Automatic Number Plate Recognition
To monitor the movement of vehicles on site, CCTV-style cameras and computer software can be used to identify number plates of vehicles. Some systems can also store photographs of the driver and vehicle for subsequent analysis. This sophisticated software allows critical information to be passed to the police to assist in the pursuit, identification and capture of offenders should an incident occur. Visual proof of parking offences with the corresponding time and date information is provided as evidence and to avoid disputes. Using a Driver and Vehicle Licensing Agency (DVLA) link, monitors are then able to identify the owner of a vehicle and process the offence automatically.
Fire roll call
Fire roll call software will automatically generate a report in the event of a fire or other emergency containing crucial information in relation to who is within the building and their movements around the site. This software operates via the access control smartcard or fob that an employee uses to gain access/exit to a building. In the event of an emergency, the fire roll call software alerts occupants to the emergency whilst simultaneously activating the report at a safe pre-determined remote point.
Please note that in order for the fire roll call software to effectively carry out its function, employees and visitors must always present their card or badge. The use of smartcard or RFID controlled turnstiles can help in this situation.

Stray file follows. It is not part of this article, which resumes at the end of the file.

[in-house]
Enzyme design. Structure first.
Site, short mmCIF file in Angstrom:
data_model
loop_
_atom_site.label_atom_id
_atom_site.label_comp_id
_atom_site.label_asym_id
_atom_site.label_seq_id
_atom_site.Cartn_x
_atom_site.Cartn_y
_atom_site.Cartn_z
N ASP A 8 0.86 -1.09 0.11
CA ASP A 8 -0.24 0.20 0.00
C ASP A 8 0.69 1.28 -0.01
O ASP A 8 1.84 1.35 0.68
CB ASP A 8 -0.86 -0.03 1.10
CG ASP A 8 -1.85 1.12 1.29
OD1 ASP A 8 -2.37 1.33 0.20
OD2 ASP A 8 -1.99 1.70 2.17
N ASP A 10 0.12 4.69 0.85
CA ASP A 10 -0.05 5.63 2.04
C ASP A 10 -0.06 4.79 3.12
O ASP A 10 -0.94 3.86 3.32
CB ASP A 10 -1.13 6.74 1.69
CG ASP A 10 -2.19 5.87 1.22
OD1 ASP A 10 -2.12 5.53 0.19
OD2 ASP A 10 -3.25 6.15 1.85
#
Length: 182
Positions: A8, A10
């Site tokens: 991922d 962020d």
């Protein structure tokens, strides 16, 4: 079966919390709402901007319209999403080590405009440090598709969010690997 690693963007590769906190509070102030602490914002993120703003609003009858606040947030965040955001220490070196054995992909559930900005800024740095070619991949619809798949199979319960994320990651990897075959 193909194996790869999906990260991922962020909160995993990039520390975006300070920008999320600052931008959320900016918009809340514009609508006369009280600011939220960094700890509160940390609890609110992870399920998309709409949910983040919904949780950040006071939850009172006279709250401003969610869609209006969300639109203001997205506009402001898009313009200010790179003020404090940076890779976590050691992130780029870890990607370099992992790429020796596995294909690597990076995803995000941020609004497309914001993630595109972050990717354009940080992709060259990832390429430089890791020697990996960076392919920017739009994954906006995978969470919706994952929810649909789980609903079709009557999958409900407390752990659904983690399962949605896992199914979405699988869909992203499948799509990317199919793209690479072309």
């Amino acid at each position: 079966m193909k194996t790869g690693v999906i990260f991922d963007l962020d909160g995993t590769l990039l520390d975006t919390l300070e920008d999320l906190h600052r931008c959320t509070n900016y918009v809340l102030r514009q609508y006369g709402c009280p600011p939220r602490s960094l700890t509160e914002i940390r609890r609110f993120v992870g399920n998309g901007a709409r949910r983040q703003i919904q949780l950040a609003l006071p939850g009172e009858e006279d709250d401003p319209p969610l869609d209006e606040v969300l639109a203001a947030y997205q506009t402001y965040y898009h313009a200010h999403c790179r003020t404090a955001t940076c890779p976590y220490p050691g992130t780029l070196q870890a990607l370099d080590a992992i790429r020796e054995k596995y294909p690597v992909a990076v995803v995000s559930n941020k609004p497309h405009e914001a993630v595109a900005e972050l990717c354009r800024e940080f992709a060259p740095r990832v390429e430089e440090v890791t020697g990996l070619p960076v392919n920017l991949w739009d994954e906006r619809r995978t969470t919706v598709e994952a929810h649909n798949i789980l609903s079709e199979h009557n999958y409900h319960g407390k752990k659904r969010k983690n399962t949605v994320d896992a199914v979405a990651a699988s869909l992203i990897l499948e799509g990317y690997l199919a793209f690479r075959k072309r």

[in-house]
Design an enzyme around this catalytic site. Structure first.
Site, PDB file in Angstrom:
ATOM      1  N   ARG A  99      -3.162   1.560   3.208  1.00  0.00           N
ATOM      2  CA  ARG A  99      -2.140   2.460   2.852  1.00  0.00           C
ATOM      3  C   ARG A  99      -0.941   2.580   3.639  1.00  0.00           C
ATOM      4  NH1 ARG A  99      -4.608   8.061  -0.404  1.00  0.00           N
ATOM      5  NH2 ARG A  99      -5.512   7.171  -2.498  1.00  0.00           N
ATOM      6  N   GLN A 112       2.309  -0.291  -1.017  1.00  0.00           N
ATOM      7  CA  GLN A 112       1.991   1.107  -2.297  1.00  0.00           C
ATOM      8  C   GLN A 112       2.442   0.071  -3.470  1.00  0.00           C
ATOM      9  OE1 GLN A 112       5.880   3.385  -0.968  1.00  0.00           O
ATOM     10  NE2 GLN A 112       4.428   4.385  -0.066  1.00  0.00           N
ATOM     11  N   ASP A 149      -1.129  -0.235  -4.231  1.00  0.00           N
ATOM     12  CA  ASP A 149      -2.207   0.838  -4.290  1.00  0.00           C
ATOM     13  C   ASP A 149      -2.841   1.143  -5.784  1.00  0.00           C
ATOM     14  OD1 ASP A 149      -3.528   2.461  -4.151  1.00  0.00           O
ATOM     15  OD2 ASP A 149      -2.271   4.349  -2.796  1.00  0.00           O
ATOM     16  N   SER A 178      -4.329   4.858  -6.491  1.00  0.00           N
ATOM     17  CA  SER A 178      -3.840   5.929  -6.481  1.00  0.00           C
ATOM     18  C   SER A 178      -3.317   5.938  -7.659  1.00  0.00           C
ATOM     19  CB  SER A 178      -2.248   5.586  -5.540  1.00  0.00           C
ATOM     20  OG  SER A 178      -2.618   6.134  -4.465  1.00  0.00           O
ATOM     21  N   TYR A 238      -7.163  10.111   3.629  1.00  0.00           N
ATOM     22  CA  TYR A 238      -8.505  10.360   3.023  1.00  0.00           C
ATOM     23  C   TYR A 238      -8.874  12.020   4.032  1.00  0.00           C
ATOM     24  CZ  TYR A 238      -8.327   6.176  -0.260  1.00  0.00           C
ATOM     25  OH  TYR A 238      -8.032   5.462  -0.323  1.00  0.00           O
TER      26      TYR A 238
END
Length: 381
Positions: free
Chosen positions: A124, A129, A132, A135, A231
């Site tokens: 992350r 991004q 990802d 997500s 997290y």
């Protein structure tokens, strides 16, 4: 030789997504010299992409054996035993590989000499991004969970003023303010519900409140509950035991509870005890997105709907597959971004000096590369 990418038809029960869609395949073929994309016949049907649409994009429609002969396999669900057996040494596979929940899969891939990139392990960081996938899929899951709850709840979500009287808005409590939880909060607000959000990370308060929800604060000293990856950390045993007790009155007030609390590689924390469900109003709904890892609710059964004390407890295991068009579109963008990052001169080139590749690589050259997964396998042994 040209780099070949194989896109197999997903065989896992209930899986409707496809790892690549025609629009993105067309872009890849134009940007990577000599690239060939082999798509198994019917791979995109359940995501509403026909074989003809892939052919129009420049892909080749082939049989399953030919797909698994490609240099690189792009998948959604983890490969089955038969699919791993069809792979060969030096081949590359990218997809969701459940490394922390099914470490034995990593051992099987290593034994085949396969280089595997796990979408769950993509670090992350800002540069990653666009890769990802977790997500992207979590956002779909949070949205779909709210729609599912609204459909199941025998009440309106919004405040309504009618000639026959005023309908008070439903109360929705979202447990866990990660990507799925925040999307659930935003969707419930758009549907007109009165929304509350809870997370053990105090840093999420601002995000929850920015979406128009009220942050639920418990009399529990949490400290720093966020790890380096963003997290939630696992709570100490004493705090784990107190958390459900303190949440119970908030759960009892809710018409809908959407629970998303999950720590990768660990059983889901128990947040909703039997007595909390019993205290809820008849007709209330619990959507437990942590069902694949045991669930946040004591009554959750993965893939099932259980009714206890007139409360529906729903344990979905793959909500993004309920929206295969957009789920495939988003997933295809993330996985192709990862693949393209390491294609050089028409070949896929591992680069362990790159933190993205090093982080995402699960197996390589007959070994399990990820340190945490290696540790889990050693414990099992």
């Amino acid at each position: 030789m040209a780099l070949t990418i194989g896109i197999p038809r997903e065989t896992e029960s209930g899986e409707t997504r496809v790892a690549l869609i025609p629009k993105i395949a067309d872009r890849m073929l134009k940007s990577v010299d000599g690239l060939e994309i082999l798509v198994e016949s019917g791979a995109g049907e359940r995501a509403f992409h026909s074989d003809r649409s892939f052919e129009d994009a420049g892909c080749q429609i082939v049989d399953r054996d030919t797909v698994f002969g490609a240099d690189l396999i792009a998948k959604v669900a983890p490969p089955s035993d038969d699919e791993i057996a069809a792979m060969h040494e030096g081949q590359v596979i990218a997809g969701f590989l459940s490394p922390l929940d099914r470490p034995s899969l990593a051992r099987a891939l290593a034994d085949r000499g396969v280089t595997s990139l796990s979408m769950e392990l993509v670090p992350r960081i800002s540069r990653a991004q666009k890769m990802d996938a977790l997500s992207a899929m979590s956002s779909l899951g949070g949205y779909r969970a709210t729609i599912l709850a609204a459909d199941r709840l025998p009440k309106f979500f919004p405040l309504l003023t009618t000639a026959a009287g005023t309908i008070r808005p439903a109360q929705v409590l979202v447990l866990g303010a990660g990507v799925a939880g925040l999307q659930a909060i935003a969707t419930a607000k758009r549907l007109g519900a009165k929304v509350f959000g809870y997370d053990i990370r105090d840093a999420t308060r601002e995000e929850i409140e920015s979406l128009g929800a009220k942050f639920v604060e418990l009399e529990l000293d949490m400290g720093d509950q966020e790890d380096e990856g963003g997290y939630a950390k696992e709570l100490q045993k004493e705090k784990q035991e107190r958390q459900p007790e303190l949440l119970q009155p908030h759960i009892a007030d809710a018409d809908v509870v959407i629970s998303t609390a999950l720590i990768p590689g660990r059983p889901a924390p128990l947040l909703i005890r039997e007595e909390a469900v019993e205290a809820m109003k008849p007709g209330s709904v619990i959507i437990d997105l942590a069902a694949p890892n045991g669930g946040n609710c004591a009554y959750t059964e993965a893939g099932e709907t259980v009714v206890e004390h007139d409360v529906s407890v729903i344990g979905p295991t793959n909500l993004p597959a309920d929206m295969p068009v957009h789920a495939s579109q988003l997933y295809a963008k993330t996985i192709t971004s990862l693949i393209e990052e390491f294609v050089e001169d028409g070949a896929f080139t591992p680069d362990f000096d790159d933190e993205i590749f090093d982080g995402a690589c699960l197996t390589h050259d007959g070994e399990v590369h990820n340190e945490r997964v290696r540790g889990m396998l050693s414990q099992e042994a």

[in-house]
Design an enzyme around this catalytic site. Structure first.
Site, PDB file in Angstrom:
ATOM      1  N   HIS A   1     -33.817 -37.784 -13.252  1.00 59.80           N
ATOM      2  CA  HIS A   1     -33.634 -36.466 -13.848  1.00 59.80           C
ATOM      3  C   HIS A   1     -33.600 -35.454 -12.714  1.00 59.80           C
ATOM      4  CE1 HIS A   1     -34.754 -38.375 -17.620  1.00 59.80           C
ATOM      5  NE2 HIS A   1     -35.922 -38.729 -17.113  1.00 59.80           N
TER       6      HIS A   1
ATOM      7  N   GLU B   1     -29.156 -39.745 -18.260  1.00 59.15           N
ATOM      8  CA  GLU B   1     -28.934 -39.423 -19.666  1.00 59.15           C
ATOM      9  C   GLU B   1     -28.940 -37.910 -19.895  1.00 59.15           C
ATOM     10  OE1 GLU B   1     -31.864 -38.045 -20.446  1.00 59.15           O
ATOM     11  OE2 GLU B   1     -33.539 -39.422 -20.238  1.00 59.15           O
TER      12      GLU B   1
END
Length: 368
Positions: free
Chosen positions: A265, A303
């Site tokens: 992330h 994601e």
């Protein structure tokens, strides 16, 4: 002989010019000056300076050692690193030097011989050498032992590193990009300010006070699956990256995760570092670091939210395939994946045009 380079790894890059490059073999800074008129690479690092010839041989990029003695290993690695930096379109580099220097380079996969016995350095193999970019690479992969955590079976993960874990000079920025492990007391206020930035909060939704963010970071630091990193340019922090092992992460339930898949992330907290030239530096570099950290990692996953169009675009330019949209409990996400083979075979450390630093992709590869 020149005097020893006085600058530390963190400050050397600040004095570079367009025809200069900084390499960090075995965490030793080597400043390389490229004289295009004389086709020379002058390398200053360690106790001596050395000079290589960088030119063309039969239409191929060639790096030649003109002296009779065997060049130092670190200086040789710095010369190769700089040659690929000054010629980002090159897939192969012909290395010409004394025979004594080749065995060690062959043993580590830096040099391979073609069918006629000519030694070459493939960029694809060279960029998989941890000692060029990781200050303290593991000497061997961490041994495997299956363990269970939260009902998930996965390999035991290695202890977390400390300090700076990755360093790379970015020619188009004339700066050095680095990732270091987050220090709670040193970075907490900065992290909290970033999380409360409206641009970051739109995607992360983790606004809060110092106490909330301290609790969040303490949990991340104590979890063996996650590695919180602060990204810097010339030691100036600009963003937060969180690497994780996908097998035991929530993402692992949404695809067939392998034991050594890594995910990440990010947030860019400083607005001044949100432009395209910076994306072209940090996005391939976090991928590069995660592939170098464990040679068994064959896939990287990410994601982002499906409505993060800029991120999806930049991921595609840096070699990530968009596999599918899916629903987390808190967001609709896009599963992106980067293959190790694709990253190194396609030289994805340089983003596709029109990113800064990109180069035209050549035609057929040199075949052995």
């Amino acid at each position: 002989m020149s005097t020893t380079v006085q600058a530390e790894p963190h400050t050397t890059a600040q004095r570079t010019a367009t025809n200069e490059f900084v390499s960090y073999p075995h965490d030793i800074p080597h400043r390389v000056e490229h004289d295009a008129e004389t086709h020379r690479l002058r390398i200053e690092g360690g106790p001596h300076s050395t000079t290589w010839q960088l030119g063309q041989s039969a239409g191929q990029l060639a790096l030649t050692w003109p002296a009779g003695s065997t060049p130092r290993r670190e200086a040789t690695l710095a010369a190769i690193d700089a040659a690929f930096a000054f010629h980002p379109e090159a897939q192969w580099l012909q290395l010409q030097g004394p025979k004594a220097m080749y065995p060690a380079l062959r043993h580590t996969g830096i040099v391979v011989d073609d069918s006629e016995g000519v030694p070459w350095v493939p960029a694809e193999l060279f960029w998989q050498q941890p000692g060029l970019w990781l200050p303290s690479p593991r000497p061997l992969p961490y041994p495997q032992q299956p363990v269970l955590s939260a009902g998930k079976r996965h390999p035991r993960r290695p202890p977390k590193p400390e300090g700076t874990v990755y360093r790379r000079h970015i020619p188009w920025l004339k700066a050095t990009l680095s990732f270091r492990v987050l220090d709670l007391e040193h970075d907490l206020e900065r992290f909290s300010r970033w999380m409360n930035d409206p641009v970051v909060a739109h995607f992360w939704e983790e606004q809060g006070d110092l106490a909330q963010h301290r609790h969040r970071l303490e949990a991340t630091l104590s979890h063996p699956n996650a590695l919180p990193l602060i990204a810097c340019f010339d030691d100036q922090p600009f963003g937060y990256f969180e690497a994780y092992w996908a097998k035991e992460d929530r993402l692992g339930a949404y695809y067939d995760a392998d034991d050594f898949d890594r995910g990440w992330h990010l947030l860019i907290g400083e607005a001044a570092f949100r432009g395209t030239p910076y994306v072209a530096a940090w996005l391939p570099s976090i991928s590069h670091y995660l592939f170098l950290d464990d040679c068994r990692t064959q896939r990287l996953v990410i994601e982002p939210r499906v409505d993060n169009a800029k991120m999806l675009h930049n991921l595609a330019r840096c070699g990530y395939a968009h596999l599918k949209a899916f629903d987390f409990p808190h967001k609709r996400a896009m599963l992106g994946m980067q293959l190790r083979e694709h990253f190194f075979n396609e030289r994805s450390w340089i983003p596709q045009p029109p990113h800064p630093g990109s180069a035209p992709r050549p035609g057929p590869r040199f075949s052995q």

Integrated security systems
Sites can benefit from a fully integrated access control system with CCTV, intruder alarm, turnstiles, fire detection and building management systems. One way to attain this is by adopting the use of Internet Protocol (IP) technology, which allows these systems to ‘talk’ to each other to maximise their effectiveness.
Separate access control and intruder alarm systems, for example, could allow an employee to access an area, through an external door, that is set with an alarm. However, unless the employee has the authority to unset the system, the access would result in a false alarm being activated. An effectively integrated system would recognise that the user does not have the authority to unset the system, so would not allow them in the area to begin with, until someone authorised grants them access by unsetting the alarm.
About the BSIA
The British Security Industry Association (BSIA) is the trade association for the professional security industry in the UK. Its members provide over 70% of UK security products and services and adhere to strict quality standards.